Top 5—Low-hanging fruit of financial management

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Most people want to increase their net worth.  The problem is that it’s not always easy.  Here is a look at the five “easiest ways” to increase your net worth, either by spending less, making more, or increasing your investments.

5.  Insurance: By definition, buying insurance is a money-losing proposition.  Insurance companies make money by relieving us of the financial risk of our lives.  And that’s fair. 

The problem is so often we make decisions on insurance at one stage of our lives and then “set it and forget it”.  After a few years, what was appropriate then might not be appropriate now.

A several years back Foxy and I got life insurance.  Based on our net worth and overall situation, it made sense.  Since then, our net worth has increased many fold, and if the EXTREMELY UNLIKELY event of our death happened, the survivors would be fine.  Is that worth $100 each month?

We picked the appropriate coverage on our car insurance four years ago.  Now our cars are four years older and worth substantially less.  Do we still need those levels of coverage today?  If the answer is “no” we could probably save another $30 per month.

4.  Revisit monthly expenses:  It’s easy to put your finances on auto-pilot as you make it through this crazy journey called life.  Yet, as fast as things are changing, especially technologically, it’s easy to have prices creep to too-high levels when you take your eye off the ball.

Our family has two cell phones (we refuse to cave in to getting our 10-year old a phone) and that costs about $60 per month.  Our internet is $35 per month. 

Yet, I can’t tell you how often I talk to families about their finances and expenses and when those items come up they’re paying two-, three-, four-times as much.  That’s not to say you should go without, but there are a lot of expenses where there are great alternatives at deep discounts from what you’re paying right now.

3.  Ask for a discount:  It’s amazing what we can get if we just ask.  I was working with a couple who had a pretty normal financial picture with pretty normal debts—car loans, mortgage on a second home, loan for a boat, student loans.

On a lark I suggested they call the various companies that held the loans and just ask if it was possible to get a lower rate.  Wouldn’t you know, they were told “yes” more often than “no”.  Sure, some places said no, but that happens.  The ones who said yes were able to offer better terms for the loans that amounted to hundreds of dollars in lower payments each month.  Who knew?

2. Balance transfer on credit cards:  Obviously having credit card debt is a bad thing and should be avoided at all costs.  If you do have credit card debt, eliminating that should be your top financial priority.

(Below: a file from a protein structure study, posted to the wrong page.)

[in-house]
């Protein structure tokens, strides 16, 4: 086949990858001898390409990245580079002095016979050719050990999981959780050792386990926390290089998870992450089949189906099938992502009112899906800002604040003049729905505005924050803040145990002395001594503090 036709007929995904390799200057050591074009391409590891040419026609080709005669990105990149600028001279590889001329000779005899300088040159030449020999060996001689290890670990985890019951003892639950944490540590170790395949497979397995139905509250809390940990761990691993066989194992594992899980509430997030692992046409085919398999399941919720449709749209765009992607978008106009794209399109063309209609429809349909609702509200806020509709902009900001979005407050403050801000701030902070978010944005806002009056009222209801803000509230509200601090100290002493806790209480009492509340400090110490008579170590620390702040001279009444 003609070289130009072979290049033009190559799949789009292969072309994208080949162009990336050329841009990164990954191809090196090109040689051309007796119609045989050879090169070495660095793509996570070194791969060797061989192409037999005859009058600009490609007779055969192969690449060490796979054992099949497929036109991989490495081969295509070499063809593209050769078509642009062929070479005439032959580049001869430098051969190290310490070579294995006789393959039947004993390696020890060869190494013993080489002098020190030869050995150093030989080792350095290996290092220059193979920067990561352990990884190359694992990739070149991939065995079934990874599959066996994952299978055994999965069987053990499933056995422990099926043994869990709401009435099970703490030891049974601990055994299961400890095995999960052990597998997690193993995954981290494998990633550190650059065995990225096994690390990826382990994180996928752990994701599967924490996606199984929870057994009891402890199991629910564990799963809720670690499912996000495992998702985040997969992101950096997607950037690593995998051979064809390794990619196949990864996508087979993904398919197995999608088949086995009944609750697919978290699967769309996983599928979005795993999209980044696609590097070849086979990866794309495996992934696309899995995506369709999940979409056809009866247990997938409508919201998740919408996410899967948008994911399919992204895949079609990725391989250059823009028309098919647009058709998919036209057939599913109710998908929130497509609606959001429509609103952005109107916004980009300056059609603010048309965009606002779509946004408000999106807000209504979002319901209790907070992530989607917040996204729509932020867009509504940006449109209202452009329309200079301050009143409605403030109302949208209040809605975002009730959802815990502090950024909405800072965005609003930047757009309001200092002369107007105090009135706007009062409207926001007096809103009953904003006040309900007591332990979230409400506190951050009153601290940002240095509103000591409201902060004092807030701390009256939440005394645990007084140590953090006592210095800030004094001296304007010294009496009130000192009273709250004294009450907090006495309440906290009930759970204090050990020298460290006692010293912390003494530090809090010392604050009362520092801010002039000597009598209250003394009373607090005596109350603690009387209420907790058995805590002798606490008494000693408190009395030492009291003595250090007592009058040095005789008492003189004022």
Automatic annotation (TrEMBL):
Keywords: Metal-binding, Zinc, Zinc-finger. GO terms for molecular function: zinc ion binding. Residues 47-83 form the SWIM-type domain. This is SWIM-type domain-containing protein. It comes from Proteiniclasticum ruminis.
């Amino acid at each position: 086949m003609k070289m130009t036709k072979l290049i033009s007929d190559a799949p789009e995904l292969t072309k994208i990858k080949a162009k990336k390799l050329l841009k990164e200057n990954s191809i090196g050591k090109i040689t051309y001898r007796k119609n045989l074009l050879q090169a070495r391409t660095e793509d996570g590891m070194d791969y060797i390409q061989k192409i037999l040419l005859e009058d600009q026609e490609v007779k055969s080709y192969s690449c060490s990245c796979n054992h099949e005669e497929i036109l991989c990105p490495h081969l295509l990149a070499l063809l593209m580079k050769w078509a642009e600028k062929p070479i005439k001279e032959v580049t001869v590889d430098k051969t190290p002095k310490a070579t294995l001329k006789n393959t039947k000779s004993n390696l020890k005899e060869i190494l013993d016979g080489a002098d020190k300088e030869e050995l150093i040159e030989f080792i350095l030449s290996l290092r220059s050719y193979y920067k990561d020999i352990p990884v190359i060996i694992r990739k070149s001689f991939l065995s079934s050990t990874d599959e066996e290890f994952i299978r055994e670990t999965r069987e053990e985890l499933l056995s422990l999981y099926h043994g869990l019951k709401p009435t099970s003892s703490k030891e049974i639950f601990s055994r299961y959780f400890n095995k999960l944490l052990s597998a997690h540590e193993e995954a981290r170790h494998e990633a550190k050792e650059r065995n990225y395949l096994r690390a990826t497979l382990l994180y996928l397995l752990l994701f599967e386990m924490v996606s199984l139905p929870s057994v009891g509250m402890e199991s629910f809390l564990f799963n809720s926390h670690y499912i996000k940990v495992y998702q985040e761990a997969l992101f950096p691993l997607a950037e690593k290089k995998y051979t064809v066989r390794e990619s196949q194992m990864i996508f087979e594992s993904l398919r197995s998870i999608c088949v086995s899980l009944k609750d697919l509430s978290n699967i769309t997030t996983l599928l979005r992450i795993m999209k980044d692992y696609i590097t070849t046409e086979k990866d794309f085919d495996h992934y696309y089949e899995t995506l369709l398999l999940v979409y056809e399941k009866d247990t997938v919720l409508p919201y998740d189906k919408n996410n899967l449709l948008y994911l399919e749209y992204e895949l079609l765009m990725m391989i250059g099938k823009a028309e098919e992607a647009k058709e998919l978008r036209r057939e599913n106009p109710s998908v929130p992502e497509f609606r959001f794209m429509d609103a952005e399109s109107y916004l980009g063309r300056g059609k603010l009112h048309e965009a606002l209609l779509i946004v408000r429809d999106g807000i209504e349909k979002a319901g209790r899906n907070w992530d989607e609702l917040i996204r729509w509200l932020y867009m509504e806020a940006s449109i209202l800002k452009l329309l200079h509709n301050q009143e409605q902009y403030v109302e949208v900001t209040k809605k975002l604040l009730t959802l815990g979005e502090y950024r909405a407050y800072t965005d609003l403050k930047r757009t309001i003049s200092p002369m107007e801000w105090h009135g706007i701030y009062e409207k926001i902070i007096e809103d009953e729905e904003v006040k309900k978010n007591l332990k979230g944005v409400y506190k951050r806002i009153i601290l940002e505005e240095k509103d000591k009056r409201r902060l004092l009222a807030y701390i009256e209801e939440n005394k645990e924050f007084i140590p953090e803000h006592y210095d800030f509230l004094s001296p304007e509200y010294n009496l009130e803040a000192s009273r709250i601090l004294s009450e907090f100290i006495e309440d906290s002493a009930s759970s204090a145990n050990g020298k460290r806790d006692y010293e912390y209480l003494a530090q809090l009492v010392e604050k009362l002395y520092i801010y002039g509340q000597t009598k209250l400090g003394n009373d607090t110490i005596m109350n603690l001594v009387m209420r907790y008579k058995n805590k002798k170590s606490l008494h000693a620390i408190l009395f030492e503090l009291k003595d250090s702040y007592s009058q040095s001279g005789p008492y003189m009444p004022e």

However, in the here and now, if you do have credit card debt that you’re working on paying off, getting a new credit card and transferring your balance could result in hundreds of dollars in savings on interest. 

Many cards offer 0% introductory rates for purchases or balance transfers.  Taking advantage of this could be a huge boost.  $10,000 of credit card debt at 20% rate is $170 for interest alone each month.  If you could take 20 minutes to apply for a new card with a teaser rate, that could save you a ton of money.

Of course, you still need to pay the debt off.  But doing so with an introductory rate can really help speed things along and save you a ton in the process.

1. Refinance your mortgage: Mortgages are often the largest expense that families have, yet it’s one of the easiest to impact.  Right now, mortgage rates are at historic lows. 

The Fox family just refinanced ours at 2.6%.  Many people could probably also get a lower rate, especially if you have a conforming mortgage (we don’t) or can swing a 15-year mortgage (we did 30).  Us going from 3.5% to 2.6% will save us about $500 per month for the next 30 years.  That adds up to some serious money.

Awesomely, the effort required to do this isn’t very much at all, especially compared to the upside.  With about 2-hours of internet searching, filling out forms, and talking to a few people, you can figure out if you can save money with a refinance.  If you can, then it’s probably 10 more hours of getting all the forms together and signing a bunch of stuff.  A dozen hours of work for an annuity worth hundreds of dollars a month is about as good as it gets.

Obviously there are the “meat-and-potatoes” way of increasing your savings.  Spend less.  But that requires a trade-off and sacrifice.  Here are some examples where hopefully that trade-off is the most painless.

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